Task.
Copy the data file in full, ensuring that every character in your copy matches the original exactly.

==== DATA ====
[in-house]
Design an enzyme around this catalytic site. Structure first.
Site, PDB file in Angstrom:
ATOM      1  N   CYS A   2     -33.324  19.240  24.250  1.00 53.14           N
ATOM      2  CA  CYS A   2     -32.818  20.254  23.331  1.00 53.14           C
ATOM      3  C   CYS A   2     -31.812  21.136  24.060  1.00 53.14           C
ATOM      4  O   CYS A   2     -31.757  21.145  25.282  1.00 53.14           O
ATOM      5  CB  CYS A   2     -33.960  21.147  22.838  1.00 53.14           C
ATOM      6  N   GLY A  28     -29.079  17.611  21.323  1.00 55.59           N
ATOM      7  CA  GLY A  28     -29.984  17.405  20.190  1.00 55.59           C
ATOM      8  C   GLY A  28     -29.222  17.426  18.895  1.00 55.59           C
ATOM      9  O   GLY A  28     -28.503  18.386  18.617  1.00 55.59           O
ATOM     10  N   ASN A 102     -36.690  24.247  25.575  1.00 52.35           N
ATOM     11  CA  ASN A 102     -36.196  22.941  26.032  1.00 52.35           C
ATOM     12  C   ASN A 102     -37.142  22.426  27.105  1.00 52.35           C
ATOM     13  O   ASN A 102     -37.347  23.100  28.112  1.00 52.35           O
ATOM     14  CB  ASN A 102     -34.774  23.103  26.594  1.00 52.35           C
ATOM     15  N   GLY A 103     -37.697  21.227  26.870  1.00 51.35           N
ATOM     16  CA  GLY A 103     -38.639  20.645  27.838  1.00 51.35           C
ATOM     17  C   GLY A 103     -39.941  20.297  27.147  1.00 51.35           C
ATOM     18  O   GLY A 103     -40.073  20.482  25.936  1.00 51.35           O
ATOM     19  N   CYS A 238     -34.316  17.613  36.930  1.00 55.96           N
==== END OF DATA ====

[in-house]
Design an enzyme around this catalytic site. Structure first.
Site, PDB file in Angstrom:
ATOM      1  N   CYS A   2     -33.324  19.240  24.250  1.00 53.14           N
ATOM      2  CA  CYS A   2     -32.818  20.254  23.331  1.00 53.14           C
ATOM      3  C   CYS A   2     -31.812  21.136  24.060  1.00 53.14           C
ATOM      4  O   CYS A   2     -31.757  21.145  25.282  1.00 53.14           O
ATOM      5  CB  CYS A   2     -33.960  21.147  22.838  1.00 53.14           C
ATOM      6  N   GLY A  28     -29.079  17.611  21.323  1.00 55.59           N
ATOM      7  CA  GLY A  28     -29.984  17.405  20.190  1.00 55.59           C
ATOM      8  C   GLY A  28     -29.222  17.426  18.895  1.00 55.59           C
ATOM      9  O   GLY A  28     -28.503  18.386  18.617  1.00 55.59           O
ATOM     10  N   ASN A 102     -36.690  24.247  25.575  1.00 52.35           N
ATOM     11  CA  ASN A 102     -36.196  22.941  26.032  1.00 52.35           C
ATOM     12  C   ASN A 102     -37.142  22.426  27.105  1.00 52.35           C
ATOM     13  O   ASN A 102     -37.347  23.100  28.112  1.00 52.35           O
ATOM     14  CB  ASN A 102     -34.774  23.103  26.594  1.00 52.35           C
ATOM     15  N   GLY A 103     -37.697  21.227  26.870  1.00 51.35           N
ATOM     16  CA  GLY A 103     -38.639  20.645  27.838  1.00 51.35           C
ATOM     17  C   GLY A 103     -39.941  20.297  27.147  1.00 51.35           C
ATOM     18  O   GLY A 103     -40.073  20.482  25.936  1.00 51.35           O
ATOM     19  N   CYS A 238     -34.316  17.613  36.930  1.00 55.96           N